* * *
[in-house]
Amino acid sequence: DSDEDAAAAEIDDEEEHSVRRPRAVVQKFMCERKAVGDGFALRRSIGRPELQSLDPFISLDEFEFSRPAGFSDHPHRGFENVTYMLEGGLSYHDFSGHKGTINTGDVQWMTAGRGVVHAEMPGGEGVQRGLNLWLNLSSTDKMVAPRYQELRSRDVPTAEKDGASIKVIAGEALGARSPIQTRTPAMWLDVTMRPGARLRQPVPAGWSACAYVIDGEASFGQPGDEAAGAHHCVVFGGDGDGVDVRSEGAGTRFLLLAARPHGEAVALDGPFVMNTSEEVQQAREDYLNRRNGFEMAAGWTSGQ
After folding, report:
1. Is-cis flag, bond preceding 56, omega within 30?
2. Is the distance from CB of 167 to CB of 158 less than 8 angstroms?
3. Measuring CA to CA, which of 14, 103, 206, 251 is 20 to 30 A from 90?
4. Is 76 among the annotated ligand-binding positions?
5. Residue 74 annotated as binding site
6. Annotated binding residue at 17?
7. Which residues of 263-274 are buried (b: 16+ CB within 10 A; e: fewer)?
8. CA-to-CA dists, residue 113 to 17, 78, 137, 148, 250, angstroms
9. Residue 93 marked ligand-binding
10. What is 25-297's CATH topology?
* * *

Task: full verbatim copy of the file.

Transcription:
[in-house]
Amino acid sequence: DSDEDAAAAEIDDEEEHSVRRPRAVVQKFMCERKAVGDGFALRRSIGRPELQSLDPFISLDEFEFSRPAGFSDHPHRGFENVTYMLEGGLSYHDFSGHKGTINTGDVQWMTAGRGVVHAEMPGGEGVQRGLNLWLNLSSTDKMVAPRYQELRSRDVPTAEKDGASIKVIAGEALGARSPIQTRTPAMWLDVTMRPGARLRQPVPAGWSACAYVIDGEASFGQPGDEAAGAHHCVVFGGDGDGVDVRSEGAGTRFLLLAARPHGEAVALDGPFVMNTSEEVQQAREDYLNRRNGFEMAAGWTSGQ
After folding, report:
1. Is-cis flag, bond preceding 56, omega within 30?
2. Is the distance from CB of 167 to CB of 158 less than 8 angstroms?
3. Measuring CA to CA, which of 14, 103, 206, 251 is 20 to 30 A from 90?
4. Is 76 among the annotated ligand-binding positions?
5. Residue 74 annotated as binding site
6. Annotated binding residue at 17?
7. Which residues of 263-274 are buried (b: 16+ CB within 10 A; e: fewer)?
8. CA-to-CA dists, residue 113 to 17, 78, 137, 148, 250, angstroms
9. Residue 93 marked ligand-binding
10. What is 25-297's CATH topology?